SHORE STORIES Featurette: 1st Preview Screening
Independent Films, Trailers, Documentaries
Video featurette on the first preview screening of SHORE STORIES: TALES OF A KIOSK at SHQ, Sandringham, Victoria, Australia.
Transcripts / Production notes / Scripts
AIM: To create a series of short documentary vignettes based on historical places and people surrounding the coastal areas of Australia.
Through capturing stories and historical snapshots about local sites and characters, the series hopes to preserve the historical heartbeat and heritage of some of Australia’s best kept secrets.
Providing an insight in to Australia and its culture, the series will offer an opportunity to see historically significant places, colourful characters and events that make up the tapestry of coastal life in Australia at a grass roots level.
Each episode of Shore Stories will be produced for a 10-minute time slot, focusing on one location in Australia.
The narrative of each episode will be driven primarily by the dialogue given by the interviewed characters and local historians. The narrative, which will be supplemented by historical photography and current footage, will trace the history of each site from its earliest beginnings to its current existence within Australia.
Each episode will feature anecdotal real life stories told by local inhabitants, providing a unique, personal, and entertaining insight in to the location focused upon in the episode.
Shore Stories will be an accessible series both within Australia and around the world. The series aims to provide thought-provoking glimpses of Australian life in a concise format, designed to peak the audience’s immediate interest in the sites each episode visits.
Within the home-grown market of Australia, the series will appeal to Australian audiences with an interest in travel, local history and a devotion to the Australian way of life.
Internationally, the series will find its audience predominately for those interested in finding new places to travel to, and/or for those based in the travel industry.
The series also has the potential to be used in a variety of ways, including:
• Travel information used by travel organisations such as tourist boards and travel agents for their customers
• Destination vignettes used by airlines for travelling passengers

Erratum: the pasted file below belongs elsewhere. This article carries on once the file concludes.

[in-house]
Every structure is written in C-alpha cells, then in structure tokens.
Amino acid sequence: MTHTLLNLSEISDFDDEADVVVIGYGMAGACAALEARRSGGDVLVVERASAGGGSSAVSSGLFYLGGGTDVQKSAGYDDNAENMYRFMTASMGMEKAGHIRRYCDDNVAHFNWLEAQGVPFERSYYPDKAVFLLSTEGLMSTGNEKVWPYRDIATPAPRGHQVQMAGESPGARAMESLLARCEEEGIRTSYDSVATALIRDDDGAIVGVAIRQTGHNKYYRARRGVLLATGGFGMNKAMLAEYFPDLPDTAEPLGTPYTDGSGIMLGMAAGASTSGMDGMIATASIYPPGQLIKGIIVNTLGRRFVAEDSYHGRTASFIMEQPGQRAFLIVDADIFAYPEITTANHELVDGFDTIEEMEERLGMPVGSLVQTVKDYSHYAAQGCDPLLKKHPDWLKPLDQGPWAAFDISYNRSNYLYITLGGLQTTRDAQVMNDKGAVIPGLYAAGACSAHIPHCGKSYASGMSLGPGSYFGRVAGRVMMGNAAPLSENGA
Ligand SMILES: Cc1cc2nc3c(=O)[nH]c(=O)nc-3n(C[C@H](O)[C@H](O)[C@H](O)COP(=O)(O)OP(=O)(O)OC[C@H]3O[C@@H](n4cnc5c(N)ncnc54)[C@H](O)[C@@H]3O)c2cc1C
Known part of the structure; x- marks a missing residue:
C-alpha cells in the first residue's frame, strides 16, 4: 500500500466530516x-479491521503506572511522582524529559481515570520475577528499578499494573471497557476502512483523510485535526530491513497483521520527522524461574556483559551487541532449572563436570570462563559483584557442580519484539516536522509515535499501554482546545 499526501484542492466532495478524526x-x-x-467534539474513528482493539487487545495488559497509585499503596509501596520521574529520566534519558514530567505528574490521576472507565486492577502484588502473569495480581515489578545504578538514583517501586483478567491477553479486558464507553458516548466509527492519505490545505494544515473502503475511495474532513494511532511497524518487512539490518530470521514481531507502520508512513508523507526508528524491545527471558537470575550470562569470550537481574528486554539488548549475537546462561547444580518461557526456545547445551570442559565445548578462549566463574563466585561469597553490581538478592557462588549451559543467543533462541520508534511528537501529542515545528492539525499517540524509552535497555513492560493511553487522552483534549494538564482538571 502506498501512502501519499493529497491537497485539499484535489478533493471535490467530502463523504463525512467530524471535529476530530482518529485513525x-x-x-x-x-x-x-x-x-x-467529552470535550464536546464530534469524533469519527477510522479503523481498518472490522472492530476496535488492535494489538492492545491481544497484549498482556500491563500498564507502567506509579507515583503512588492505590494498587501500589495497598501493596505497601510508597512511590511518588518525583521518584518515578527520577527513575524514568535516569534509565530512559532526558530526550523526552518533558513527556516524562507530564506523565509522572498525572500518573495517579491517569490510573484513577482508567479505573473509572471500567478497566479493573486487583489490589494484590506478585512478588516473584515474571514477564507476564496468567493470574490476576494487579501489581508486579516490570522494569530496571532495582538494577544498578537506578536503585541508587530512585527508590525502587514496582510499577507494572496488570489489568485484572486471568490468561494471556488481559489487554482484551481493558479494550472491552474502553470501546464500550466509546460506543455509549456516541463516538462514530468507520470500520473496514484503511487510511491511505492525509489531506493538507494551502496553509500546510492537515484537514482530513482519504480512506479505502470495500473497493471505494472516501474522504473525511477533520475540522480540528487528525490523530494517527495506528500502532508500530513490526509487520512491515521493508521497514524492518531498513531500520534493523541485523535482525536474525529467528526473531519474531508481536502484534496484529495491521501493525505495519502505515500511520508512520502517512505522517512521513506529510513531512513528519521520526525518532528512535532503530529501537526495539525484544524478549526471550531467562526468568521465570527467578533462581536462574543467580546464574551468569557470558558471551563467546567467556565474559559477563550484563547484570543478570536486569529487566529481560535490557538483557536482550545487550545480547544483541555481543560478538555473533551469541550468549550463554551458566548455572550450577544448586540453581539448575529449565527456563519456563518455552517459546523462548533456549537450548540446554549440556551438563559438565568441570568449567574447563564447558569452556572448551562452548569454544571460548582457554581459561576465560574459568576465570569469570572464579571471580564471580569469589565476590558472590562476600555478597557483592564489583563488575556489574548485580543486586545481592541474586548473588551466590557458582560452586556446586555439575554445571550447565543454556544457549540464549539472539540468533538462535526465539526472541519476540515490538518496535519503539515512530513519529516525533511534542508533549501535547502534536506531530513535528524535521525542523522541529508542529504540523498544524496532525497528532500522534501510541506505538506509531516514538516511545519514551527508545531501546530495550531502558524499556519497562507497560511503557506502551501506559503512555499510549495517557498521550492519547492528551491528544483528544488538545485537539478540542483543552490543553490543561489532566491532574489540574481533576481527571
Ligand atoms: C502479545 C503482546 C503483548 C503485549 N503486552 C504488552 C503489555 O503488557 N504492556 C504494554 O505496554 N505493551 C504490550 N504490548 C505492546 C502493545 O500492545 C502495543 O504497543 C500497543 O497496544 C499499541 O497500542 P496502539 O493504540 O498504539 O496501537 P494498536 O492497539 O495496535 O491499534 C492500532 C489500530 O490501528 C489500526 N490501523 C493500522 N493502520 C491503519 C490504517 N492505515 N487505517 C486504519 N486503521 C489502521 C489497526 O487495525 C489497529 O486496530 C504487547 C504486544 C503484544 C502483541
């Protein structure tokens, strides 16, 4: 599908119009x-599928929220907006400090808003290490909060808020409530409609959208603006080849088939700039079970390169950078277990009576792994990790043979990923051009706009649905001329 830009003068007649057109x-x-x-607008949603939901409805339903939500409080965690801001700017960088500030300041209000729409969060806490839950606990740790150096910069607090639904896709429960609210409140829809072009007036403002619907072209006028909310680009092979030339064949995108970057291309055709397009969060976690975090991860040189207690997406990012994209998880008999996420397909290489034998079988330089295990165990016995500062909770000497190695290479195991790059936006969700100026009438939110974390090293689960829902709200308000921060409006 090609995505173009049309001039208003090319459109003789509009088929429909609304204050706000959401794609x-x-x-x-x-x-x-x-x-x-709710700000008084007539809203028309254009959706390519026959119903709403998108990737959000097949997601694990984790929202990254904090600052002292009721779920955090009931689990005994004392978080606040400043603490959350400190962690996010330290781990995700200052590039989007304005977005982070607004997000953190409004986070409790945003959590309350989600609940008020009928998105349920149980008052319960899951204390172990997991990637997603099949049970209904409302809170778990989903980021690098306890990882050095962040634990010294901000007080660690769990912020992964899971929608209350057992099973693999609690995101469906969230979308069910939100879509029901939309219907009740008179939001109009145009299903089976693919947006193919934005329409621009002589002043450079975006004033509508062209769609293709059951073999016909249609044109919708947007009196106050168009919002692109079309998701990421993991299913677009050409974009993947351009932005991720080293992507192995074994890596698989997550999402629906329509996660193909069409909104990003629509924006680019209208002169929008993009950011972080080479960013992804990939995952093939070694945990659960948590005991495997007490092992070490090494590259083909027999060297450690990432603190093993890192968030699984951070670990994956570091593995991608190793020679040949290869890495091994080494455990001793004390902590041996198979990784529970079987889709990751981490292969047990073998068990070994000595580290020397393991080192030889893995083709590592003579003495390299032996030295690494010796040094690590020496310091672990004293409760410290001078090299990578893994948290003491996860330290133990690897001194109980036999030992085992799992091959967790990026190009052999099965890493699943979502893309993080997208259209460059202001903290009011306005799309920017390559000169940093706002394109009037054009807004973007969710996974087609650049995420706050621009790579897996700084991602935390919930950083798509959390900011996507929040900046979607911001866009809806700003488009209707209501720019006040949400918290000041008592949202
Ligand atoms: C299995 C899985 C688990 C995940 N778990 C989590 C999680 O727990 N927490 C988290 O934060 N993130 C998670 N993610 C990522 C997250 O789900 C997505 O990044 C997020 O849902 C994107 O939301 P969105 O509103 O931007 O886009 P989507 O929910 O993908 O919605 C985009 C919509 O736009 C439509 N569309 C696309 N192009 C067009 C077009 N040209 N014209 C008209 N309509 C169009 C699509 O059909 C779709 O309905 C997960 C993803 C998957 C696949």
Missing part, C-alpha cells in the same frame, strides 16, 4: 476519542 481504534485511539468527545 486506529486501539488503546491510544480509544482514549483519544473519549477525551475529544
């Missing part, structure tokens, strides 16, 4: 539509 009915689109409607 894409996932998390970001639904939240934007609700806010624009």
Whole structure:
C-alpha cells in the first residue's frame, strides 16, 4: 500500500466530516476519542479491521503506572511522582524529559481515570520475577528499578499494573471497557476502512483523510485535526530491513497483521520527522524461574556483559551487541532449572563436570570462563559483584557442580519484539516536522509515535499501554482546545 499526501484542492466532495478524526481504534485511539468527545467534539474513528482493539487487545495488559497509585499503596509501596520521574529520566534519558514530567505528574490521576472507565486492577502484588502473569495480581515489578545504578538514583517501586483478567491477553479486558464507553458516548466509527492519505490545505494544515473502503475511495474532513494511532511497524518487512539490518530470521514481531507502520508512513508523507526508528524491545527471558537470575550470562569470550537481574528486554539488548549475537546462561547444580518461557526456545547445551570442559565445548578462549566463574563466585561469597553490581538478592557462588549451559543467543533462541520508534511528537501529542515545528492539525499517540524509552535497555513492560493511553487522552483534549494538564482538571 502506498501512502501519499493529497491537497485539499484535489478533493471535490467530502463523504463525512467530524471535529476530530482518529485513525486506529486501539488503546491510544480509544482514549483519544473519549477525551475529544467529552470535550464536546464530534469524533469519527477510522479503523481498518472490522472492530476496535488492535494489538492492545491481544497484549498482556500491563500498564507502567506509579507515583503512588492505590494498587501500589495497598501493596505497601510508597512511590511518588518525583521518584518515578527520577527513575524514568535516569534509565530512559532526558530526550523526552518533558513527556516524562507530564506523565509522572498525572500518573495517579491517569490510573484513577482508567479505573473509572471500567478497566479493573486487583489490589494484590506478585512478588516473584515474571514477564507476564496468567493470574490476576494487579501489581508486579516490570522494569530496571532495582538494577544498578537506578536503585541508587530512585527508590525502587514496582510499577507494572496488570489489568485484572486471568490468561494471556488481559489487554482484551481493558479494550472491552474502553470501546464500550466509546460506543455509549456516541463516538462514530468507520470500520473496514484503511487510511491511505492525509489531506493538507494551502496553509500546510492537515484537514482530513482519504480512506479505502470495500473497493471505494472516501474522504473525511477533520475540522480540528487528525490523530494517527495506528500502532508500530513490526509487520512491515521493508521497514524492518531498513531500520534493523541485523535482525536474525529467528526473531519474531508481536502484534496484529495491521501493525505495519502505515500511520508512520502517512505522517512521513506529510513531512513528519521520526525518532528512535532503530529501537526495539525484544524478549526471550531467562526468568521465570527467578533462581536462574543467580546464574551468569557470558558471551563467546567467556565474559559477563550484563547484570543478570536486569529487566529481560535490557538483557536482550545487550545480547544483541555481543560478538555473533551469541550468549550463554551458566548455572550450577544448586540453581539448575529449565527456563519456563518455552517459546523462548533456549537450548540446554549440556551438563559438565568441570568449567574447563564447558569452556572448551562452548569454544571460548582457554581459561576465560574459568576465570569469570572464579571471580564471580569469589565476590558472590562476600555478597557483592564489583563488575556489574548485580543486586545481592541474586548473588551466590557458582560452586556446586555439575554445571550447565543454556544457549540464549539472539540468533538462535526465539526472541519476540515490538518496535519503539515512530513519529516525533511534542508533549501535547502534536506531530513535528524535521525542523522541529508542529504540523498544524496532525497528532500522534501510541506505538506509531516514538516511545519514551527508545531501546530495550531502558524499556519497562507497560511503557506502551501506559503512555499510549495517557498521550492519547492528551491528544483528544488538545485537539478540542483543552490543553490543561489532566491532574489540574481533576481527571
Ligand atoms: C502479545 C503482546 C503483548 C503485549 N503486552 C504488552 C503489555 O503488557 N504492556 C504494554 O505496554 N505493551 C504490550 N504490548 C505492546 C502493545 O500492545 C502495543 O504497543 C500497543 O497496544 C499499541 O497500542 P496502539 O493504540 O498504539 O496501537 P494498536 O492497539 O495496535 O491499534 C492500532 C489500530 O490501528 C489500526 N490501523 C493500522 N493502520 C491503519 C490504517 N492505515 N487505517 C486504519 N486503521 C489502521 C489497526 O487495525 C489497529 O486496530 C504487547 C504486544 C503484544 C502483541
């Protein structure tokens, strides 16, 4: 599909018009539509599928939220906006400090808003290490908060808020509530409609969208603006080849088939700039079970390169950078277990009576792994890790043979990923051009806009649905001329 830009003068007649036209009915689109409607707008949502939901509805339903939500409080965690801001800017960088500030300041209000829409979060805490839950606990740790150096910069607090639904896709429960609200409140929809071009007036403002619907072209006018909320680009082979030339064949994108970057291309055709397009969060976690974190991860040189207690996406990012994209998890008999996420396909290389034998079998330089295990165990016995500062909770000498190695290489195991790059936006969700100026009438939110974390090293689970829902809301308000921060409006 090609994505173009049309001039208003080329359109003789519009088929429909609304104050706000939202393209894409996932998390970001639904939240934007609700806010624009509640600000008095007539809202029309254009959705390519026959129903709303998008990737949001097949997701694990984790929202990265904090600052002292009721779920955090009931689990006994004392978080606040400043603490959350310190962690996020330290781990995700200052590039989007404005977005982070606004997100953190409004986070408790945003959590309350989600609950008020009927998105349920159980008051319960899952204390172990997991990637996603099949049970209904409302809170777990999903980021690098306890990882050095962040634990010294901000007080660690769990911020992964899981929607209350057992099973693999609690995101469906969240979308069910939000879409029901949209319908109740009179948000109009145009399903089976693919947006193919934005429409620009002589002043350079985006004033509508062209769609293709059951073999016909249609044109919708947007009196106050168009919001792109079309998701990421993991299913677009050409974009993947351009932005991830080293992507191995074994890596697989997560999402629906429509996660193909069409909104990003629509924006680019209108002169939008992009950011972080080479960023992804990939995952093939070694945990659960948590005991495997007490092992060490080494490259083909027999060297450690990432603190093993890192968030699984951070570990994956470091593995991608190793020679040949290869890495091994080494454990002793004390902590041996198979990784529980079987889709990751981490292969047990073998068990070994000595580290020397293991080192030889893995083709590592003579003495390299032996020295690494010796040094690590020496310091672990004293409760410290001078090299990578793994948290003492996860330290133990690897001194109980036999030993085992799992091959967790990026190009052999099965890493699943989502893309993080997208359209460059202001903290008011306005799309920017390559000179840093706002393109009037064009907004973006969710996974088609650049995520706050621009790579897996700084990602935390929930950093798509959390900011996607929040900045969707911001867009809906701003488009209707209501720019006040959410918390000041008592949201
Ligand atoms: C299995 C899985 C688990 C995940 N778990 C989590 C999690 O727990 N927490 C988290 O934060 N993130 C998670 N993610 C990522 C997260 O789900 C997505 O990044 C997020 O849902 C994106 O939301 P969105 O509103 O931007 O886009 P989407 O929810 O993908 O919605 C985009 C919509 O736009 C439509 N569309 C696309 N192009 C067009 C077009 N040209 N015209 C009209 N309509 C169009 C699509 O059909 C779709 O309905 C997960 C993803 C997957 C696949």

• Educational purposes, for schools and tertiary institutions
The pilot episode of the series is based on "Sailboard Headquarters” in the coastal area of Sandringham in Victoria, Australia.
The pilot episode provides historical snapshots of the area, as well as interviews with local historians, the owner of “SHQ” and some of the colourful locals that grew up in the area. Together, they provide a unique insight in to the rich 100+ year history of the boat shed and surrounding environs.
Some of the insights provided in the pilot episode include:
• In the early 1900’s, the beach was patrolled by a beach inspector who rigorously enforced the dress code on the beach; if any one, particularly women, were showing too much skin, he would order them off the beach and to get dressed appropriately.
• In the 1930’s and 1940’s, when vast numbers of Europeans migrated to Australia, many found themselves coming to places like SHQ to enjoy a life of fishing and relaxation.
• Up until recently, the boat sheds of Sandringham were located on the beach, a few metres away from the water. A management system has since been created to push the water back in order to provide a manageable docking port and harbour for small boats, fishing boats and yachts.
• Older generations viewed the area as a playground, with the vast majority of their early lives spent down at the boat sheds and the beach. Over 100 years after its inception, new generations of people, and their children still come to the area, having the same kinds of experiences that their parents and grandparents used to enjoy.
• Mike Myers, the current owner of SHQ, provides some unique insights of his tenure as owner, including his stories about local legends Basil, Unc and Hank, the latter two having owned the main boat shed during the 1960’s.
Year of Production: 2009